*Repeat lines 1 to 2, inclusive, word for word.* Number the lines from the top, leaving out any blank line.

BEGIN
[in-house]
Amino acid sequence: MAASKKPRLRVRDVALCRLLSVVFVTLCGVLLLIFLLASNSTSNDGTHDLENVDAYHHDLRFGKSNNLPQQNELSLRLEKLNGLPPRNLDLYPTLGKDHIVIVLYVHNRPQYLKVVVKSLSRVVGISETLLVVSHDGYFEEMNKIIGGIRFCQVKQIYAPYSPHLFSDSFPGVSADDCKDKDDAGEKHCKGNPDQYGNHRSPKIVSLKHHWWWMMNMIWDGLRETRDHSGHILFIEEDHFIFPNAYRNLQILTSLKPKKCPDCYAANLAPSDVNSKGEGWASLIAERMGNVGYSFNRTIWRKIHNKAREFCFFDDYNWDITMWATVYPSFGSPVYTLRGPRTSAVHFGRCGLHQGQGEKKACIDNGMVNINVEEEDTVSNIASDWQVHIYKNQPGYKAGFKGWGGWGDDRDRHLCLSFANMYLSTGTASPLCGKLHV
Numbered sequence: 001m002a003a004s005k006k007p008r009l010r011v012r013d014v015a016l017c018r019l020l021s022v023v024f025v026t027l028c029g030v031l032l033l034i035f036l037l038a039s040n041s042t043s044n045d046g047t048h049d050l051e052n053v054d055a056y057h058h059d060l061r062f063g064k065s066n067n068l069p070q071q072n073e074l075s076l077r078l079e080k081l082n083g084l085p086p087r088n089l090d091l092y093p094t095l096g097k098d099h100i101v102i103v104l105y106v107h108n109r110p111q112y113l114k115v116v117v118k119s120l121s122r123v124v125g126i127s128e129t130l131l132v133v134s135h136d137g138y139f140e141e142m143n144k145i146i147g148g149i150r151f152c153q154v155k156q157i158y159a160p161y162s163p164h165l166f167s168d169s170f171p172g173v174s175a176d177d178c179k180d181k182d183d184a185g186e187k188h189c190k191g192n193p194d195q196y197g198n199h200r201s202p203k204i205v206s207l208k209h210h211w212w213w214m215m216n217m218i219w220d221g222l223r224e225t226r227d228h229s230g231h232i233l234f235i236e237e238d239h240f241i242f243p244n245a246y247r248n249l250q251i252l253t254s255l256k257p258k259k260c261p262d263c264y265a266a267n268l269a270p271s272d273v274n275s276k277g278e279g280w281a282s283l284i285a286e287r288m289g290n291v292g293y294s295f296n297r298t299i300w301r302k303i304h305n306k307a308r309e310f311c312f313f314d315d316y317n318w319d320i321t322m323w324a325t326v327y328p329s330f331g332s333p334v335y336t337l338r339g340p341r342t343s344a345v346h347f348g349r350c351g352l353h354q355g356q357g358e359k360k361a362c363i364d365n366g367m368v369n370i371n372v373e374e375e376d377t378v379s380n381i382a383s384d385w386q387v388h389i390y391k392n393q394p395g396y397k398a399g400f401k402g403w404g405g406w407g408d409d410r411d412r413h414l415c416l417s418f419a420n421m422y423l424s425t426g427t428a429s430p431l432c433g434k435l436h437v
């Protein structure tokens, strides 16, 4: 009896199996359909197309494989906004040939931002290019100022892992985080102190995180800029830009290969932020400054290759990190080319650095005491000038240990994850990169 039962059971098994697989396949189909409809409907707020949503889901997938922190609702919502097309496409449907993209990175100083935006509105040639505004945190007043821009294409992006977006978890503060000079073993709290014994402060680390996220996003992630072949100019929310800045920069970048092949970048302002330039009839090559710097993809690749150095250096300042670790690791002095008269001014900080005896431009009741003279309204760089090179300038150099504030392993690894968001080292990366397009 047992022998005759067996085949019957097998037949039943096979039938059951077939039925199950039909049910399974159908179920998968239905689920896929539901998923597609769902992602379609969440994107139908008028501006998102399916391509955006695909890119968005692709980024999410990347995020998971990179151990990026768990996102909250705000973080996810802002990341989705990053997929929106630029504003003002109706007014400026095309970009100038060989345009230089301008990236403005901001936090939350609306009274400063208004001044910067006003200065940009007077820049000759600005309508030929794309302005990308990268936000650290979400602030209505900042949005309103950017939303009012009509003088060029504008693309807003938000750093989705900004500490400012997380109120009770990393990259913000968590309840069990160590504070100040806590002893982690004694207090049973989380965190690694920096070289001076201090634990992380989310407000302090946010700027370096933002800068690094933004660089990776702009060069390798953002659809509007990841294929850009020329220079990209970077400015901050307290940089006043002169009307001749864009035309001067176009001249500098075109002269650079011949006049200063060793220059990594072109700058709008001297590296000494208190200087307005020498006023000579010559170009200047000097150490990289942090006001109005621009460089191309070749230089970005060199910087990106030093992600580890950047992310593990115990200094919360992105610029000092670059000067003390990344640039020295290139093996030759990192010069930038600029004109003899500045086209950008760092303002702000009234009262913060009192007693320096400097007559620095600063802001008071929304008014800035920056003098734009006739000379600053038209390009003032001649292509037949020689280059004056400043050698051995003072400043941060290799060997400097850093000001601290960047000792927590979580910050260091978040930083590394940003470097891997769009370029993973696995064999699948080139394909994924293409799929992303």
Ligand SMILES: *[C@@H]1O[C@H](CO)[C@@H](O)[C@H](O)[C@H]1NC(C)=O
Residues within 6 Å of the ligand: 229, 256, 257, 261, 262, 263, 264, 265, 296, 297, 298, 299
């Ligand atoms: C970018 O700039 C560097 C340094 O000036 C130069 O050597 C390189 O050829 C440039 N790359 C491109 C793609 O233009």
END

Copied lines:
[in-house]
Amino acid sequence: MAASKKPRLRVRDVALCRLLSVVFVTLCGVLLLIFLLASNSTSNDGTHDLENVDAYHHDLRFGKSNNLPQQNELSLRLEKLNGLPPRNLDLYPTLGKDHIVIVLYVHNRPQYLKVVVKSLSRVVGISETLLVVSHDGYFEEMNKIIGGIRFCQVKQIYAPYSPHLFSDSFPGVSADDCKDKDDAGEKHCKGNPDQYGNHRSPKIVSLKHHWWWMMNMIWDGLRETRDHSGHILFIEEDHFIFPNAYRNLQILTSLKPKKCPDCYAANLAPSDVNSKGEGWASLIAERMGNVGYSFNRTIWRKIHNKAREFCFFDDYNWDITMWATVYPSFGSPVYTLRGPRTSAVHFGRCGLHQGQGEKKACIDNGMVNINVEEEDTVSNIASDWQVHIYKNQPGYKAGFKGWGGWGDDRDRHLCLSFANMYLSTGTASPLCGKLHV